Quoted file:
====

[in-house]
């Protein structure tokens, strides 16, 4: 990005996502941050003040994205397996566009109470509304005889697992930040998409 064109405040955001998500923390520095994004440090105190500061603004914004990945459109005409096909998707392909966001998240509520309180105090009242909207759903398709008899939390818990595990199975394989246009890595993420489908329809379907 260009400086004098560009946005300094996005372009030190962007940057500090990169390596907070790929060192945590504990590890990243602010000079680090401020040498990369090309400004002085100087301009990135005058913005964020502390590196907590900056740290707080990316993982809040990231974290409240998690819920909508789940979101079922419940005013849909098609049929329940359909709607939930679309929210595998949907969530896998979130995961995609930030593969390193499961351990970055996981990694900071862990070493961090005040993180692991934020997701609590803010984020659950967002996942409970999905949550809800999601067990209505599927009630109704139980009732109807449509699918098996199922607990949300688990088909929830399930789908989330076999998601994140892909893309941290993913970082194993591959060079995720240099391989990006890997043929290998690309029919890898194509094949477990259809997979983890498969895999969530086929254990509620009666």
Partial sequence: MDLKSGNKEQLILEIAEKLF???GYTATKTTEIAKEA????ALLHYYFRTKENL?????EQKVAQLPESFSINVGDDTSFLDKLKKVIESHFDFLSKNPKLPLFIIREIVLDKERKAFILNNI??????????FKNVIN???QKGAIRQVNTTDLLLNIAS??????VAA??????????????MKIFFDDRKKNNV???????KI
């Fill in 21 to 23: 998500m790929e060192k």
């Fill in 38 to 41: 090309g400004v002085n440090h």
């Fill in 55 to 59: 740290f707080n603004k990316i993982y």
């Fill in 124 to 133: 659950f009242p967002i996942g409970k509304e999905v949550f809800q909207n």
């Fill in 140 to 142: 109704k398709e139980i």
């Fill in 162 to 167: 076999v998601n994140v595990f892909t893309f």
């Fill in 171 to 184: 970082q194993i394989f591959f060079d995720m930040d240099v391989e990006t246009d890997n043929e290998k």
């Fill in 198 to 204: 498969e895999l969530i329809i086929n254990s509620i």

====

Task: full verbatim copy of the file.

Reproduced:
[in-house]
């Protein structure tokens, strides 16, 4: 990005996502941050003040994205397996566009109470509304005889697992930040998409 064109405040955001998500923390520095994004440090105190500061603004914004990945459109005409096909998707392909966001998240509520309180105090009242909207759903398709008899939390818990595990199975394989246009890595993420489908329809379907 260009400086004098560009946005300094996005372009030190962007940057500090990169390596907070790929060192945590504990590890990243602010000079680090401020040498990369090309400004002085100087301009990135005058913005964020502390590196907590900056740290707080990316993982809040990231974290409240998690819920909508789940979101079922419940005013849909098609049929329940359909709607939930679309929210595998949907969530896998979130995961995609930030593969390193499961351990970055996981990694900071862990070493961090005040993180692991934020997701609590803010984020659950967002996942409970999905949550809800999601067990209505599927009630109704139980009732109807449509699918098996199922607990949300688990088909929830399930789908989330076999998601994140892909893309941290993913970082194993591959060079995720240099391989990006890997043929290998690309029919890898194509094949477990259809997979983890498969895999969530086929254990509620009666």
Partial sequence: MDLKSGNKEQLILEIAEKLF???GYTATKTTEIAKEA????ALLHYYFRTKENL?????EQKVAQLPESFSINVGDDTSFLDKLKKVIESHFDFLSKNPKLPLFIIREIVLDKERKAFILNNI??????????FKNVIN???QKGAIRQVNTTDLLLNIAS??????VAA??????????????MKIFFDDRKKNNV???????KI
């Fill in 21 to 23: 998500m790929e060192k």
């Fill in 38 to 41: 090309g400004v002085n440090h």
């Fill in 55 to 59: 740290f707080n603004k990316i993982y």
């Fill in 124 to 133: 659950f009242p967002i996942g409970k509304e999905v949550f809800q909207n």
């Fill in 140 to 142: 109704k398709e139980i």
């Fill in 162 to 167: 076999v998601n994140v595990f892909t893309f």
């Fill in 171 to 184: 970082q194993i394989f591959f060079d995720m930040d240099v391989e990006t246009d890997n043929e290998k």
């Fill in 198 to 204: 498969e895999l969530i329809i086929n254990s509620i």